THIMPHU -- It was not that I had no appetite for eating, nor that my parents loved me any less compared to my other siblings, we simply had nothing much to eat at home back in 1973. That was when I first got to ride in an automobile and to travel 98 kilometres south to my late uncle’s place. A stranger showed up to meet me, and told me that my Mom’s late sister would support me to go to school. For reasons I today understand well, I was somehow excited, pleased, and just wanted to get on with things.
At school I was excited by the new things I was being introduced to. We used to get ‘world food’ (as it used to be known affectionately) that consisted of oil, floor, rice, dhal, fish, and wheat (known then as “bulgar”). Sometimes we would get extremely tasty Australian rice, or huge lumps of dry fish, especially delicious for those of us who had been forced to grow up vegetarian.
Eating some of these foods for the first time, I also recall an uneasiness in my belly, which was unaccustomed to this good food. More often than not, we would get sufficient food every day, and did not miss even a single meal). I know that hunger erodes concentration but cannot recollect well how the food contributed to my being able to pay attention in class, though I do remember dozing off at times in the afternoon classes after a filling lunch! As time moved on, I met many friends, including the cooks and the teachers. I started enjoying games and sports and participating in cultural activities. It was a totally different life then, compared to the near penury of life back in the village, where you ate less, worked more and if you were really unlucky might get thrashed when someone was drunk.
Something connected me
But life goes on, you know, time moves on. You grow up. When the advert for my current post at WFP appeared, instinct told me that it was a job for me. Beyond the natural economic aspirations, something connected me to the position. I am not looking for any alternatives, nor will I ever do, because I know I now have a real purpose of living, as evidenced by Tashi during one of my field visits to a remote school in Bhutan.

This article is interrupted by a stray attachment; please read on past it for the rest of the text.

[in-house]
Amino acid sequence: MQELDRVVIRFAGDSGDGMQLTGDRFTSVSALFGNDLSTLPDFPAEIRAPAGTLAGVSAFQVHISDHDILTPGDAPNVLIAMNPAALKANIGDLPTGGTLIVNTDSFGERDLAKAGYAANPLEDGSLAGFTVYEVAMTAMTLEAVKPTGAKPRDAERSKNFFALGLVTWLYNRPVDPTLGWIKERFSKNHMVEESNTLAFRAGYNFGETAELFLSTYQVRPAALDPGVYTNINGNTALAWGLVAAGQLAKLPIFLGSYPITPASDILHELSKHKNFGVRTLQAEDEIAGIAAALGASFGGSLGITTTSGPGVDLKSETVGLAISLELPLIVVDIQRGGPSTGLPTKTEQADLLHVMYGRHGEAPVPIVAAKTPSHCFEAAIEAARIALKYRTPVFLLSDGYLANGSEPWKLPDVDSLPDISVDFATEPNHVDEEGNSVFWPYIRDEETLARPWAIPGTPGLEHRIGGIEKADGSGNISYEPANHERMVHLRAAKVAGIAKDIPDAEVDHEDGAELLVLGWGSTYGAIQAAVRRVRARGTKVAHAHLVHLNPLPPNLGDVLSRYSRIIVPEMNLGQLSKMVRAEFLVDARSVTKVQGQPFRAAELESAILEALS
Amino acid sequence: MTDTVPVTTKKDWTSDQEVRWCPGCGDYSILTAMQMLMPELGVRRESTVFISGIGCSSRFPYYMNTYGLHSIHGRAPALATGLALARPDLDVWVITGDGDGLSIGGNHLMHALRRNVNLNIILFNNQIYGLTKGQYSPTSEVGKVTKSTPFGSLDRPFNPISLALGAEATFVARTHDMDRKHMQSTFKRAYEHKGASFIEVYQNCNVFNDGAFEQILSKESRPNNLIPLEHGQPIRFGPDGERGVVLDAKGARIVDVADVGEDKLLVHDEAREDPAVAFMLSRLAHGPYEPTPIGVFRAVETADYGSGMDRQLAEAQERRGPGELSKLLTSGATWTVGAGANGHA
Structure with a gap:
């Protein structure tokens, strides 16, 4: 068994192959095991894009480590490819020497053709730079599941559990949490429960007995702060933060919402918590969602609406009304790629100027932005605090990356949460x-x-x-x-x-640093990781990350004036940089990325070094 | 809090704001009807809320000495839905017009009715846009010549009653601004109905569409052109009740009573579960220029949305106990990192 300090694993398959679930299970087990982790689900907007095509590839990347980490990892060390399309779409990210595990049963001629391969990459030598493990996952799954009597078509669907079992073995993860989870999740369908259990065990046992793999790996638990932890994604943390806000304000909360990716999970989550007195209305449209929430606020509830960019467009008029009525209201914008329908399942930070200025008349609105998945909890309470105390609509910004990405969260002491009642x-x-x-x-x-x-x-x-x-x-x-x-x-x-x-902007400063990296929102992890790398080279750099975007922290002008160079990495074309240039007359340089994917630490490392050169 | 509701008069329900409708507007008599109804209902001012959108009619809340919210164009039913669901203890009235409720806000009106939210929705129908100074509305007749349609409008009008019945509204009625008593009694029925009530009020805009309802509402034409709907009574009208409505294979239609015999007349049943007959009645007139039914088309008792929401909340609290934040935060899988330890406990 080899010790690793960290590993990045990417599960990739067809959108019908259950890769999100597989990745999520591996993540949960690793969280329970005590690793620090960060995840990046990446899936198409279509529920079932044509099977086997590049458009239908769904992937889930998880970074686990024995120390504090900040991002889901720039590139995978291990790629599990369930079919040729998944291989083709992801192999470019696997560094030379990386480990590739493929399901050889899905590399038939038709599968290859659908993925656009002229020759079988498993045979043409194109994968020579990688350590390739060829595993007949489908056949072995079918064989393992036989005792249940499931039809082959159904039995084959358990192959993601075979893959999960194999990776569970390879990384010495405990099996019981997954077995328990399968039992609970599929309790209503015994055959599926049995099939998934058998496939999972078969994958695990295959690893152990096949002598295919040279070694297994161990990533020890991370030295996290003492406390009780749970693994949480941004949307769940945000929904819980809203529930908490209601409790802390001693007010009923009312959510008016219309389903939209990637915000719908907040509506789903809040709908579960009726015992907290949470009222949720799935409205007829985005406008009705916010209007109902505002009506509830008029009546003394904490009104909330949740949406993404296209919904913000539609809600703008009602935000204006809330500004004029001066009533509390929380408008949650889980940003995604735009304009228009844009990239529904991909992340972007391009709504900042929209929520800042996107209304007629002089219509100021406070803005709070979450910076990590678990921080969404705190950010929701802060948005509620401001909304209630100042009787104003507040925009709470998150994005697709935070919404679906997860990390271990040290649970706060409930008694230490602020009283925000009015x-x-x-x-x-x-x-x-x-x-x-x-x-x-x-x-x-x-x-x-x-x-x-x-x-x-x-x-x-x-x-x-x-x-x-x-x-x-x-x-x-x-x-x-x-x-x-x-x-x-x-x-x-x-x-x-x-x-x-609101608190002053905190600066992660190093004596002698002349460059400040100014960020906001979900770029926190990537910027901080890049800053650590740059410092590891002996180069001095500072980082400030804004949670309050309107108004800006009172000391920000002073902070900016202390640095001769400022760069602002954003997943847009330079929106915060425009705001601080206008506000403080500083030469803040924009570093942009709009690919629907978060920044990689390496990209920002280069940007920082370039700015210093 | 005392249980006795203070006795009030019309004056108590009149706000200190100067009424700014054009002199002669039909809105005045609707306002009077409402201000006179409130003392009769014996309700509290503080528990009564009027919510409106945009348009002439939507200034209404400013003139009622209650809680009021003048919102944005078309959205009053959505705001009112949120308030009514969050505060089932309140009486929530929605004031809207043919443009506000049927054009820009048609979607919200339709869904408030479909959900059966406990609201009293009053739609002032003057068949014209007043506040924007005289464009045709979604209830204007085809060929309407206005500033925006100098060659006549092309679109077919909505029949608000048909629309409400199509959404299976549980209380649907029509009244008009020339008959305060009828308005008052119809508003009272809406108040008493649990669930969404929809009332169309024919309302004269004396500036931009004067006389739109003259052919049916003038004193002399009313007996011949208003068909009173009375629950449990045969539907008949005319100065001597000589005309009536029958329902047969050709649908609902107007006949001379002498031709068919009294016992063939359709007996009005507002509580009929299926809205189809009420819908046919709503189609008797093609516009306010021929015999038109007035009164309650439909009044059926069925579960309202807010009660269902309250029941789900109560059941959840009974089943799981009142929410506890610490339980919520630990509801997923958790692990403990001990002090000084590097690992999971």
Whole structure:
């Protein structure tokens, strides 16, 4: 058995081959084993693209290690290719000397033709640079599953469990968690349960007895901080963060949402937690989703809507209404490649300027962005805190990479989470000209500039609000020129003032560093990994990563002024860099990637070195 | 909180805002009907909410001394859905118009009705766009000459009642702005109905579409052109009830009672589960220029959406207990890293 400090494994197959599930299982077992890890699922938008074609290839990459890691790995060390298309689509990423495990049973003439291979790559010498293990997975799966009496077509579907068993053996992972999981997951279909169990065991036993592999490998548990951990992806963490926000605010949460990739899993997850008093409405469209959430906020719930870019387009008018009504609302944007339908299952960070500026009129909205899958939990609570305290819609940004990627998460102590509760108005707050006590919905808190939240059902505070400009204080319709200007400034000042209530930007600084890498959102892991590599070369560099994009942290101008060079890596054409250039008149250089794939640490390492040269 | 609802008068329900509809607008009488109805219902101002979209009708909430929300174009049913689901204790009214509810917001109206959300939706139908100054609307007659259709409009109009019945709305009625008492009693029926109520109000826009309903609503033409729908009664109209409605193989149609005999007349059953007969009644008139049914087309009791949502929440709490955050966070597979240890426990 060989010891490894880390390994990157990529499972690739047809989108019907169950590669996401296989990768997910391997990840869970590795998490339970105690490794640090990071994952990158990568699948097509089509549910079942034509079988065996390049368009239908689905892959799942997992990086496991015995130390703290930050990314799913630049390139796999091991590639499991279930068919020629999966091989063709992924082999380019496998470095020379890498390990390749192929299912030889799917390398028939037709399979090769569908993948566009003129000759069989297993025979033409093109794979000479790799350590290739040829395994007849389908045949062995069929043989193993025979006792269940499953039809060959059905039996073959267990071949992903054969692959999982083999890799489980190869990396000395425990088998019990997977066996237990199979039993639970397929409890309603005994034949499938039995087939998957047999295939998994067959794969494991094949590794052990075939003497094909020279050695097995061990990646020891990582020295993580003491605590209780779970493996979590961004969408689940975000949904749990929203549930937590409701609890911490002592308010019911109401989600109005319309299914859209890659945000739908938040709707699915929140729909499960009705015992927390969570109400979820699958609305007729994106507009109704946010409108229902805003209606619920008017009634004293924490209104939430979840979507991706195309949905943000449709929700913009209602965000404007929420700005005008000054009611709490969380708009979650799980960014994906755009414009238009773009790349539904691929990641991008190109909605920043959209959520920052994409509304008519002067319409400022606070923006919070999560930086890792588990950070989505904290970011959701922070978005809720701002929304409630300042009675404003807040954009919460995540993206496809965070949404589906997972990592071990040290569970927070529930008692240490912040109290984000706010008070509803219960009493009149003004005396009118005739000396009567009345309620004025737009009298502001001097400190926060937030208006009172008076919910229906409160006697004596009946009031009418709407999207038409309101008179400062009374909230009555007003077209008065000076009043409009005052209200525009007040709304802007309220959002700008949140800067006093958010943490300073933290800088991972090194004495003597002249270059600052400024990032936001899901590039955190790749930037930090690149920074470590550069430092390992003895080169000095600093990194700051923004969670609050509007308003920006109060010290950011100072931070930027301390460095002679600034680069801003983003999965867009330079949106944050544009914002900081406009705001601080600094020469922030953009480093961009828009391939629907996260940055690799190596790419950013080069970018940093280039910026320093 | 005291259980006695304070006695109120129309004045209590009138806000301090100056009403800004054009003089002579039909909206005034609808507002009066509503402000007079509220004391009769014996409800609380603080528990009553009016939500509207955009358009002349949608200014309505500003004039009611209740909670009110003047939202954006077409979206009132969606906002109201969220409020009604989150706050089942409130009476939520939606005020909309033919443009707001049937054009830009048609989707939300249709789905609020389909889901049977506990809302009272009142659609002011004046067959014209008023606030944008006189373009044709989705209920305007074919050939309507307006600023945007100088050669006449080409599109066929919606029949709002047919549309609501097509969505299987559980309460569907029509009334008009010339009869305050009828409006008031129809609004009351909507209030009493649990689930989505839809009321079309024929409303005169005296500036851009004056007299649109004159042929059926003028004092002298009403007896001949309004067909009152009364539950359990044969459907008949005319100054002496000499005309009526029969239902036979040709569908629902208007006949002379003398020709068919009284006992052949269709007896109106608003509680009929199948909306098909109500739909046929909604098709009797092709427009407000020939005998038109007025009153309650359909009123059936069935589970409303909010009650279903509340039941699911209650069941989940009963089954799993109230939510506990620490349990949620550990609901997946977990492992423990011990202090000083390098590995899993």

Tashi Jamtsho, aged seven, lost his dad, after which his mom married another man who wouldn’t care for him. Tashi lived with his grandma, and had to walk for about an hour to get to school every day. If he was late, he would turn back for fear of being punished. At school, he would watch others eating their lunch from the school veranda. When asked why he didn’t play, he gave me this shocking answer: “It made me hungrier”. Today, Tashi is never late to the school, nor does he need to watch others eat because WFP provides him and others like him with a hot, nutritious breakfast and lunch. Tashi’s innocence touched me – it was a déjà vu for me, and continues to be a source of inspiration for the little meaningful things I am now able to do.
In the high Himalayas
I continue to remain inspired by WFP – not by what it is, but by what it is doing, meaningfully. Lodged somewhere amidst the rugged mountains, high in the high Himalayas, seemingly happy, I will continue with this life and purpose, with this organization, because someday, Tashi will grow up too, and tell someone this story, without necessarily even mentioning the WFP acronym and its magical benedictions.
Life, as provisioned by the Bhutan constitution, is a fundamental right. For me, what I am doing now is a fundamental duty, without which I should not live. Tashi will not understand this today - he is too occupied with the angst of hunger, which is really no more than an accident of his birth.
I think we still have a choice to make this world of ours better. From 1975 till 1986, WFP gave me this choice through the food they provided and that is why, today, I am a proud global citizen. Many of my contemporaries from this poor but happy nation will tell a very similar story – WFP gave us opportunities that otherwise we would never have known.